Paul – Love & Loss (part 1)


paul1

Thus far I haven’t been able to blog specifically about Paul and our relationship, but today, 10 years on from the eve of his death, it seems a fitting occasion, so I’m giving it my best shot, though much abbreviated.

If you missed how we met you can find the story here:

I had two marriages behind me and he was into his second of what I thought initially was a happy marriage. I was enjoying my newfound freedom as I had been more or less tied to husband number one since I was a mere child of 14 and soon after our divorce I married husband number two, so I certainly wasn’t looking for a new relationship.

Following two encounters with cancer and radical surgery I embarked on a degree course which I found quite challenging – and one evening I was doing work for college at a friend’s house, as my parents’ home was being rewired and they were having central heating installed, so their house was in a complete mess. The phone rang and Barbara answered it and it was Paul for me (Mum had told him where I was and given him the number) and he asked if I would meet him for a drink.

‘I’ll bet your wife doesn’t know about this’, I scoffed.

‘She’s gone’, he said briefly and I responded as one might expect, but I was really busy and wanted to get on with my assignment.

‘But I have so much work to do’.

‘I thought you were my friend?’ I melted, as he obviously needed someone to talk to.

We met at an old coaching inn and visibly upset he filled me in on the detail and also about his first marriage and the reason behind that divorce. He was partially covering his mouth, clutching at his chin and fighting back tears. I reached out to touch his hand in a gesture of support.

‘How did you know I wanted you to do that?’ he asked and I was hooked!

His story is as long and convoluted as mine and too involved to tell in a blog, so here is the abridged version:

When we first met he was estranged from his own grown up children, but before the divorce many years earlier, he had been a devoted father. Since that marriage broke down it had become increasingly difficult to see the children as they were growing up, and he had little contact with them.  His second divorce proved just as difficult and protracted – and even then he was still paying maintenance to his first wife, so once again his assets were to be decimated. He was broken.

Apart from his own three children he had three stepchildren (also grown up by that time) and throughout both marriages he worked full time as a tutor (latterly commuting 100 miles daily). Any spare time was spent on the never ending DIY, as he would usually buy older properties, live in them whilst doing them up, then sell. The process was repeated and I think in total he had lived in 17 or 18 homes in his lifetime.

We became a couple. He wasn’t perfect and neither am I, but he was probably very close to the man of the dreams I had as a young girl – the man I never thought existed. I was happier than I had ever been – and he started to laugh again too. We sometimes fought, but were totally devoted to each other and my heart would skip a beat whenever I saw him after being away from him for a few days. My sons and their families loved him and he them. After the birth of his eldest son’s first child, her maternal grandfather urged his son-in-law to let Paul know – and he made contact. I then cajoled Paul into rebuilding a proper relationship with them and they have been very supportive of me too.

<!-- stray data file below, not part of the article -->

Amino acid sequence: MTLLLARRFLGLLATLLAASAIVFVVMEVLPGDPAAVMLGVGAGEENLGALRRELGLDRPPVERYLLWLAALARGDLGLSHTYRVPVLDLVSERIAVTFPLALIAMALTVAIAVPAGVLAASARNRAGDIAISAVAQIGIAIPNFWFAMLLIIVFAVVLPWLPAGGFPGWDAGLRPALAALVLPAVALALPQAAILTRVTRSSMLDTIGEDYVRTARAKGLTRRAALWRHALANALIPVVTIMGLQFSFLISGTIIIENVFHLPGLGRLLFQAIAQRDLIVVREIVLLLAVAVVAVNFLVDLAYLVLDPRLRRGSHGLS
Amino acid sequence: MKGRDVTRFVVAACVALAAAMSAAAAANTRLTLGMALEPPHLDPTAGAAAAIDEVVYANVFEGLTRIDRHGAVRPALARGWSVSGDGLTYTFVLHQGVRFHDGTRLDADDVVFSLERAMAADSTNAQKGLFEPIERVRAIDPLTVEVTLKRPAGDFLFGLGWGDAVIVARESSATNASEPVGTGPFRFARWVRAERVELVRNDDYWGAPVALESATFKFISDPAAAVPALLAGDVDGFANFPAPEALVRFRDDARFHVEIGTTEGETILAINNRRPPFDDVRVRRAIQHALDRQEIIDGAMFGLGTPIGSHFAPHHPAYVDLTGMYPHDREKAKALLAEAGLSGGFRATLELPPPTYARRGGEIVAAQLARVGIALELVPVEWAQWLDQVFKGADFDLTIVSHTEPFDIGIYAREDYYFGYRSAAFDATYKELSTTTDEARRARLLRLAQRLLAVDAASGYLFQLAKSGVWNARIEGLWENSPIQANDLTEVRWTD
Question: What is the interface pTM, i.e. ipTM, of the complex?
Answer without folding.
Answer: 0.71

paul-5
Paul with my grandson

It was awhile before I discovered what an exceptional artist he was, as I had never seen him paint. It was only when he had to leave his lovely big cottage and move to a two-up two-down on the wrong side of the tracks that I saw his portfolio and his unique talent. I bought him a small sketch book and he started drawing on our many drives out into the country. He loved landscape and worked fast and would be onto his third drawing when I hadn’t even finished my first! I encouraged him to start painting again and even sent off applications for him to submit to various exhibitions, but he refused point blank.

It was a particularly cruel blow when I became seriously ill again and we both thought I was going to die just a year into our relationship. Without Paul’s help and sheer determination I don’t think I would have survived. You can read more about it here, here, here and here.

I introduced Paul to Hong Kong where some of my family live. It inspired him – the hustle and bustle of ships in the very busy harbour jolted his dormant talent into action again and with the flat 13 floors up overlooking the West Lamma Channel, he dragged the dining table closer to the window so he had a better view and set about looking for wood from the building site below, on which to paint. The Chinese workmen were very bemused by the tall, skinny, bearded gweilo, stripping plywood off old doors and nicking off with it! He bought paint, paper and ink too and produced one painting after another. His passion for his work had returned! He started submitting his paintings and drawings to exhibitions and entering competitions – and was a regular winner, especially at London venues and one of the prizes was a one man show in Bloomsbury!

Hong Kong Central.jpg
Hong Kong Central
misty ships copy.jpg
Misty Ships
Pearl Of The Orient 2.jpg
Pearl of the Orient
The Golden Arches of Cheung Chau scan.jpg
The Golden Arches of Cheung Chau

My father became terminally ill with cancer and was confined to a wheelchair and as I had no siblings I felt I should do my best for my parents. I worked two days a week at a factory near Paul and he would take me to work on Monday, then drive me the 30 miles down to my parents where I would stay till Thursday when he would collect me and I would work again on Friday and then spend the weekend with him, so it was very much a part-time relationship.The house next door to Paul came up for sale and my father would have moved quite happily, but my mother just wouldn’t budge.